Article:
11 May 2016

Tourism and the Rena wreck

From Jesse Mulligan, 1–4pm, 1:30 pm on 11 May 2016

It's been almost five years since the Rena ran aground on the Astrolabe Reef. It was desribed as the worst maritime environmental disaster in New Zealand, and one of the world's most complex clean-ups.

Waikato University marine ecologist, Dr Phil Ross, has just published research on the environmental effect of the shipwreck.

He's done more than 100 dives at the Rena site over the past four years and photographed the undersea world around the wreck.

His first dive was a year after the ship grounded in 2011, and his most recent just this week. He said it had changed incredibly during that time.

"The first dive was a sensory overload. It's a huge ship, you're in the water and you can hear the creaking, groaning of everything rolling around."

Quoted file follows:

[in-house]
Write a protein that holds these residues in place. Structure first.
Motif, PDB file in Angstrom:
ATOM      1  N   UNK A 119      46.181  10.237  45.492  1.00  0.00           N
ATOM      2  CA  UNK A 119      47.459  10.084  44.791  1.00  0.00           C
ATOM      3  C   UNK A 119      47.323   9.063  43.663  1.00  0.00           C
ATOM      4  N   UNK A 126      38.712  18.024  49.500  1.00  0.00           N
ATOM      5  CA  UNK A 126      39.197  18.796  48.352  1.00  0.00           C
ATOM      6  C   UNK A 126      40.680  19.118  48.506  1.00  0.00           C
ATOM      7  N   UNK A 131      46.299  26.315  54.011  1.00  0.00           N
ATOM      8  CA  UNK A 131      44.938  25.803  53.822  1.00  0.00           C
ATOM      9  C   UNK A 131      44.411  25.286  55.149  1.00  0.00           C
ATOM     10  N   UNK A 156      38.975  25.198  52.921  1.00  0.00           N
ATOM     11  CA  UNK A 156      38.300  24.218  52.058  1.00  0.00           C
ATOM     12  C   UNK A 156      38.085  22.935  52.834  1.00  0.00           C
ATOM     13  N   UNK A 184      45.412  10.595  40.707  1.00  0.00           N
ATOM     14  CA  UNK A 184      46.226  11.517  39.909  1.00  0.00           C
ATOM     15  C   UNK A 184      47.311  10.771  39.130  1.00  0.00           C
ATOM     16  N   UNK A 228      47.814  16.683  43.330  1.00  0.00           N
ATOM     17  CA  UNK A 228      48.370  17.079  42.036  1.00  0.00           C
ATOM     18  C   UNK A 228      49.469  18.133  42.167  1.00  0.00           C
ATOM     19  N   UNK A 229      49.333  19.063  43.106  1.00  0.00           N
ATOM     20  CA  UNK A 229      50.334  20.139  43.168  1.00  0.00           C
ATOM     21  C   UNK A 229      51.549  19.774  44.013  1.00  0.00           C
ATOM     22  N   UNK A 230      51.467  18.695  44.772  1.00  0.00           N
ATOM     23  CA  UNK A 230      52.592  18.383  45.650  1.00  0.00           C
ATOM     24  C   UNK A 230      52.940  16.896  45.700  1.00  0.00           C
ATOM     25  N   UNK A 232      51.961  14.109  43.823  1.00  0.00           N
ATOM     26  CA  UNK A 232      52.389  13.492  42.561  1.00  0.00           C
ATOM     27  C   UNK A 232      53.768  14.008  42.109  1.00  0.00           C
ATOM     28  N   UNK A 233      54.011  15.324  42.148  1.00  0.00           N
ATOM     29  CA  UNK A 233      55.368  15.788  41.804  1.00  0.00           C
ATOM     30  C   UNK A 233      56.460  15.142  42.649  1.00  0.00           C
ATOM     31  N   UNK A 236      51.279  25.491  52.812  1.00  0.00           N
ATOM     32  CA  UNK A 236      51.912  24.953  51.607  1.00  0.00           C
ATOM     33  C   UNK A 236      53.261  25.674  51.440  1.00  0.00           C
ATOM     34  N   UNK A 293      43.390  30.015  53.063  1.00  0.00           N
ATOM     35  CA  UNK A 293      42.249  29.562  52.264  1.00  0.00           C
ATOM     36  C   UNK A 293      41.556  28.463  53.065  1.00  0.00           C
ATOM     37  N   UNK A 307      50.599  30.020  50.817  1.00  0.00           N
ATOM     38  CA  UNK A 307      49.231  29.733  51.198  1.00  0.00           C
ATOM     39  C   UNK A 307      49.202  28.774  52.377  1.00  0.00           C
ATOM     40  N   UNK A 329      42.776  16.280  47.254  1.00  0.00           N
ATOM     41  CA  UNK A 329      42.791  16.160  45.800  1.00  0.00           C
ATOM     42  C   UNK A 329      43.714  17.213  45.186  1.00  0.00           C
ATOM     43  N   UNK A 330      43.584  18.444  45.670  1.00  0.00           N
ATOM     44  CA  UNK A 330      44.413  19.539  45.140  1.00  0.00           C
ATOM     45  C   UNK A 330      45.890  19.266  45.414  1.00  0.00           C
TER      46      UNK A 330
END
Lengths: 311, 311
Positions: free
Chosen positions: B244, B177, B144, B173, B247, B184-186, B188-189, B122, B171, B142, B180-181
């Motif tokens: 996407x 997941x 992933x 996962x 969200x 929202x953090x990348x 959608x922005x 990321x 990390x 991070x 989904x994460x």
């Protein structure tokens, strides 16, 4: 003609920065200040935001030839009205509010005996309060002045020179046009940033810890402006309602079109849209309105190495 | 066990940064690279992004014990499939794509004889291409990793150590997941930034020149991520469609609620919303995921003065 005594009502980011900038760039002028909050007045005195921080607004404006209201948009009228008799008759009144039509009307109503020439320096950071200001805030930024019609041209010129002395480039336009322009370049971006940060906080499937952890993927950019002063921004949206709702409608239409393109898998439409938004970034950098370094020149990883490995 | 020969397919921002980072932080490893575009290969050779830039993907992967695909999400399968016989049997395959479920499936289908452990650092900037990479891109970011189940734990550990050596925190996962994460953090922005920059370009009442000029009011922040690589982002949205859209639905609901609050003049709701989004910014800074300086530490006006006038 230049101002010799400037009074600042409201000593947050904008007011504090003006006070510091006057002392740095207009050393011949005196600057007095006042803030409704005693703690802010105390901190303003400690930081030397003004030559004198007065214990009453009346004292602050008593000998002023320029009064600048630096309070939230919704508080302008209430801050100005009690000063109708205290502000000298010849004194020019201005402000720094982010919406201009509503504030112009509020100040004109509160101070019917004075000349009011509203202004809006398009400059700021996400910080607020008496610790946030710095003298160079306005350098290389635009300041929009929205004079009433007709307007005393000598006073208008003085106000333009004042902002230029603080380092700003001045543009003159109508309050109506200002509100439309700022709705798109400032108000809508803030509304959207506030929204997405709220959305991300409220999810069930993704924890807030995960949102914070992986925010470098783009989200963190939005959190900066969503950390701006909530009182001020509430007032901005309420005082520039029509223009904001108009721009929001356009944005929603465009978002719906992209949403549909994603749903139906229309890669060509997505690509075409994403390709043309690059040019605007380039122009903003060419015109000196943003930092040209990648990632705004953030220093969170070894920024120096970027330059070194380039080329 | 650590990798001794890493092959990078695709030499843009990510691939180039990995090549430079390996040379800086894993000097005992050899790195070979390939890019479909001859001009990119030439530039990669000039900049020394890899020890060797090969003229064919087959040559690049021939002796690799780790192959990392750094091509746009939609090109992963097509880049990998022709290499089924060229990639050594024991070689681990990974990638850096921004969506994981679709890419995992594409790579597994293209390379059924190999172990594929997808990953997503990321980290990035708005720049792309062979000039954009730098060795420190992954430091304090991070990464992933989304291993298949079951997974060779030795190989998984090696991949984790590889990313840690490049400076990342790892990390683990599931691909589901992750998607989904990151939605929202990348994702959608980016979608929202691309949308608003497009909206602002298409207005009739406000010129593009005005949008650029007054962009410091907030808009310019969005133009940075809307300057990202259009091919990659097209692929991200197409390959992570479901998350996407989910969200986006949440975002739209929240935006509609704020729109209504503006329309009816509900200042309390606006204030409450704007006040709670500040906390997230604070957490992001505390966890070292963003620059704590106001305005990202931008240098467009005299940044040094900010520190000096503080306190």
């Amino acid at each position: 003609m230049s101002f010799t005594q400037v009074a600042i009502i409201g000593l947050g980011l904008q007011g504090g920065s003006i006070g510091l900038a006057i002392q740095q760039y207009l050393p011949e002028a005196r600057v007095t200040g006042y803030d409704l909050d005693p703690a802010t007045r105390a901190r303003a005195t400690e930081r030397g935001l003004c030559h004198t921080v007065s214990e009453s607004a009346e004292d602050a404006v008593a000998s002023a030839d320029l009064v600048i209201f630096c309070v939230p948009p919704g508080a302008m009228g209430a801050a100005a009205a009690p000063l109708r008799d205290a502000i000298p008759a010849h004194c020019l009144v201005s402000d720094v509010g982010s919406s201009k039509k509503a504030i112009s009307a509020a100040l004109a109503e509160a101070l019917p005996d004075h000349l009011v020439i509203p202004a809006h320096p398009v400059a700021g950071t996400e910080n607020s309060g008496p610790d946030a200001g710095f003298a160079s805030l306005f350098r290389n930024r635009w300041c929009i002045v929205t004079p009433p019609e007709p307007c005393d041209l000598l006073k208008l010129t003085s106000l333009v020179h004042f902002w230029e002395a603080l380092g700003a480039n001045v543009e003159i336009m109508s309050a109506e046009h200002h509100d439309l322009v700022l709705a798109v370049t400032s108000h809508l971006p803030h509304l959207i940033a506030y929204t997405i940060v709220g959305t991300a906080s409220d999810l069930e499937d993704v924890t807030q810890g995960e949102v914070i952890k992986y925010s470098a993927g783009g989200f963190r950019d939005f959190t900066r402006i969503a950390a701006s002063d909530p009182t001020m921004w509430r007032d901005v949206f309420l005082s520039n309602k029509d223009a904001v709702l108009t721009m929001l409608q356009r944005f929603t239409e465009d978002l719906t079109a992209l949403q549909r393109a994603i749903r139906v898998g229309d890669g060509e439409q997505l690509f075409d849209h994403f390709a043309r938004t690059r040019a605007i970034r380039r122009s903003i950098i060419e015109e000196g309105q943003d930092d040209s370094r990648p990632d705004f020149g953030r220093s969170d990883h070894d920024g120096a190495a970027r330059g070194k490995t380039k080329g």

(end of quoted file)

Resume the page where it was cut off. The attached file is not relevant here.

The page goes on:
In subsequent dives he found so much metal and cargo. 

"Imagine if you went to a scrap metal yard then transposed that to an underwater scene, that's the sort of thing you're seeing. 

"There was nothing alive under the giant pile of metal."

A lot of work had gone into the wreck in the years since and a lot of the scrap had been removed, he said.

"The areas that were formally covered in debris are starting to be recolonised.

"Apart from the odd piece of metal you wouldn't even know there was a shipwreck there."

There's now about 25 boats visiting the wreck each day, since the cordon was lifted earlier this year. 

Dr Ross expected it would be a popular tourist attraction in the future. 

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